The Art Institute of Chicago
111 South Michigan Avenue
May 14 - August 14
Uta Barth’s new photographic series “ . . . and to draw a bright white line with light,” 2011, subtly departs from her previous bodies of work, two of which, “white blind (bright red),” 2002, and “Sundial,” 2007, are also on view in this exhibition. Barth’s photographs are composed of elements that are normally relegated to a composition’s background—the blanched sky, barren trees, and telephone lines of the “white blind (bright red)” series, for example, or the hanging lamp, mustard-colored sofa, and light-filled window of “Sundial.” Although her images rarely include people, as of late Barth has begun to register her own presence in, and impact on, a photographed scene. This most recent series marks the first time that Barth has overtly manipulated the physical elements of a setting in order to achieve specific ends. Two of the photographs show the artist’s hands gently pulling the folds of a diaphanous curtain so as to lengthen or contract a squiggly line of light cast on it by the afternoon sun.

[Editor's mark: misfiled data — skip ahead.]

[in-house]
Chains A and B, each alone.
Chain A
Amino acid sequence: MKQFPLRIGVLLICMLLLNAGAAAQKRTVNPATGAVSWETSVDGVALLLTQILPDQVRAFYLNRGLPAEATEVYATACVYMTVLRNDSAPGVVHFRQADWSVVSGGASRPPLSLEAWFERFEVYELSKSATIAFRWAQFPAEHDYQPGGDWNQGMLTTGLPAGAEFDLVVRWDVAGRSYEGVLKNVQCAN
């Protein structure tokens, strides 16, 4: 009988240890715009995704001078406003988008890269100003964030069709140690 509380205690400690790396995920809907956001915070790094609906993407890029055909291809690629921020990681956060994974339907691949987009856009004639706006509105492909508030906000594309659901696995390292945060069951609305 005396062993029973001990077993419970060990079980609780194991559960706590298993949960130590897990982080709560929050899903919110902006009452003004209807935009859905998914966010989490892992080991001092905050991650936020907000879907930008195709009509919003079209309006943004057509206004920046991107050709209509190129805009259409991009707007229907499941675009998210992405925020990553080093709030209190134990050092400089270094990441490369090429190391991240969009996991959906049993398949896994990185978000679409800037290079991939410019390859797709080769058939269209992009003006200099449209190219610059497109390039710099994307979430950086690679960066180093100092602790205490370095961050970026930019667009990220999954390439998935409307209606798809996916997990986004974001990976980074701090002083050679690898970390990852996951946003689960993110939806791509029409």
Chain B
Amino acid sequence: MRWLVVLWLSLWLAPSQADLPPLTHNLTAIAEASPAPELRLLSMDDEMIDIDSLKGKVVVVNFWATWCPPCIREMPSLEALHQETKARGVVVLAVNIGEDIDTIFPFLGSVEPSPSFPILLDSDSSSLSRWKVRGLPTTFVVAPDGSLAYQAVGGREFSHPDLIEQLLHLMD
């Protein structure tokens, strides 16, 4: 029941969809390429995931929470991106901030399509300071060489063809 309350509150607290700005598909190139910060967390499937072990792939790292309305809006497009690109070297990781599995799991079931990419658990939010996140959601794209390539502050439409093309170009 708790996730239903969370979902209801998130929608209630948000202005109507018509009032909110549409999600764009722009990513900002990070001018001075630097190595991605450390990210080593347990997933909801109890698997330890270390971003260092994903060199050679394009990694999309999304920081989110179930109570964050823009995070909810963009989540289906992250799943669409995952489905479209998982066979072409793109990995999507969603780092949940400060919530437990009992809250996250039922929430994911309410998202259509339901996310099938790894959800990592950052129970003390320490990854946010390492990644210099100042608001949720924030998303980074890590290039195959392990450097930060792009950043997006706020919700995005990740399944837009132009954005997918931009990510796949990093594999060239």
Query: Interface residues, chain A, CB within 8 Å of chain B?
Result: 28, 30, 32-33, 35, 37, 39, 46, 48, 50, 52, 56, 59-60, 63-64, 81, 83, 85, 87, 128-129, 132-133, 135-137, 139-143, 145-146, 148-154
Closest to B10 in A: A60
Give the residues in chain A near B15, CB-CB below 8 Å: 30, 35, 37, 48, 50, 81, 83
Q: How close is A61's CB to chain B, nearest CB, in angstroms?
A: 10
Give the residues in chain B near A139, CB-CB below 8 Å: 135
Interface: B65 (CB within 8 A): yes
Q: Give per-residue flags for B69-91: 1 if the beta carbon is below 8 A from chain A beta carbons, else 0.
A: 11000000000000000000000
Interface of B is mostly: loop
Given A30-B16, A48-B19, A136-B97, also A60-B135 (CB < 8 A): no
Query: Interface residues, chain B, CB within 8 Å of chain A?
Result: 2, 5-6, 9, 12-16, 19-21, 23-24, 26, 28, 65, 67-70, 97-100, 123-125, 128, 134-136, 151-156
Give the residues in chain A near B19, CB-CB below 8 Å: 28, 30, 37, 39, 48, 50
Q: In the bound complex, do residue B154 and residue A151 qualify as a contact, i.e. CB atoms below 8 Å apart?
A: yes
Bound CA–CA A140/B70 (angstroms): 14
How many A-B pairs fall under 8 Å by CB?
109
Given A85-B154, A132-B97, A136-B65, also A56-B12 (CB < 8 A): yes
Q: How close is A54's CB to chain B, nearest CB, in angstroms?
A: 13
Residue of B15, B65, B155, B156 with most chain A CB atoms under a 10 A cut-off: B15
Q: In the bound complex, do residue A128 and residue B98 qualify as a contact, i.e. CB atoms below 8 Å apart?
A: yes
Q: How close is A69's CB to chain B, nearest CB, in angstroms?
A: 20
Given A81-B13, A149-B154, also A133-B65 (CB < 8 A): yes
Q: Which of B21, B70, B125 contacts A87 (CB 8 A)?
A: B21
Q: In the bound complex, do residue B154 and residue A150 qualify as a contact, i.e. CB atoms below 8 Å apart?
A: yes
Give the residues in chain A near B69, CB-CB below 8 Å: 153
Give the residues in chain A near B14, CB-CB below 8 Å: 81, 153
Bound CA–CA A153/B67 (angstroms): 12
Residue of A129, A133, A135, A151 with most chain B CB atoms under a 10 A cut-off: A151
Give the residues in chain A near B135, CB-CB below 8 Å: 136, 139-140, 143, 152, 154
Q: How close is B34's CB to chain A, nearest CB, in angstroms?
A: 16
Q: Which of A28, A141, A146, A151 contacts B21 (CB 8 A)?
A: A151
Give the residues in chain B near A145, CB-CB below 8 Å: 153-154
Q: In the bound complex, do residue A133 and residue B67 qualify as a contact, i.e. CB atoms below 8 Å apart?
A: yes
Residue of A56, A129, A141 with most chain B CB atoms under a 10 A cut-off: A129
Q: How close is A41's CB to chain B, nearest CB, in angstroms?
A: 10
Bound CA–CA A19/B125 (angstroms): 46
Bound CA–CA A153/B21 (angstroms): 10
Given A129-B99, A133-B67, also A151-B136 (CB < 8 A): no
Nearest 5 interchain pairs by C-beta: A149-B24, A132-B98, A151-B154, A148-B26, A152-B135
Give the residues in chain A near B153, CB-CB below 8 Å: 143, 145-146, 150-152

As Barth guides this single beam into robust waves and lyrical flourishes, her hands call attention to the light’s almost palpably sculptural qualities as well as to her own role in shaping its form. The outline of a windowsill provides each composition with a stable horizon that runs evenly across the entire series of photographs. Sometimes the light dips below the sill line to hover in the darker area beneath; at other times it ripples above or across it. Whereas “Sundial” depicts light’s cyclical relation to the passage of time, “ . . . and to draw a bright white line with light” explores the range of possibilities that a singular moment and a particular manifestation of light affords, all through the most elegantly minimal of gestures—a simple tug.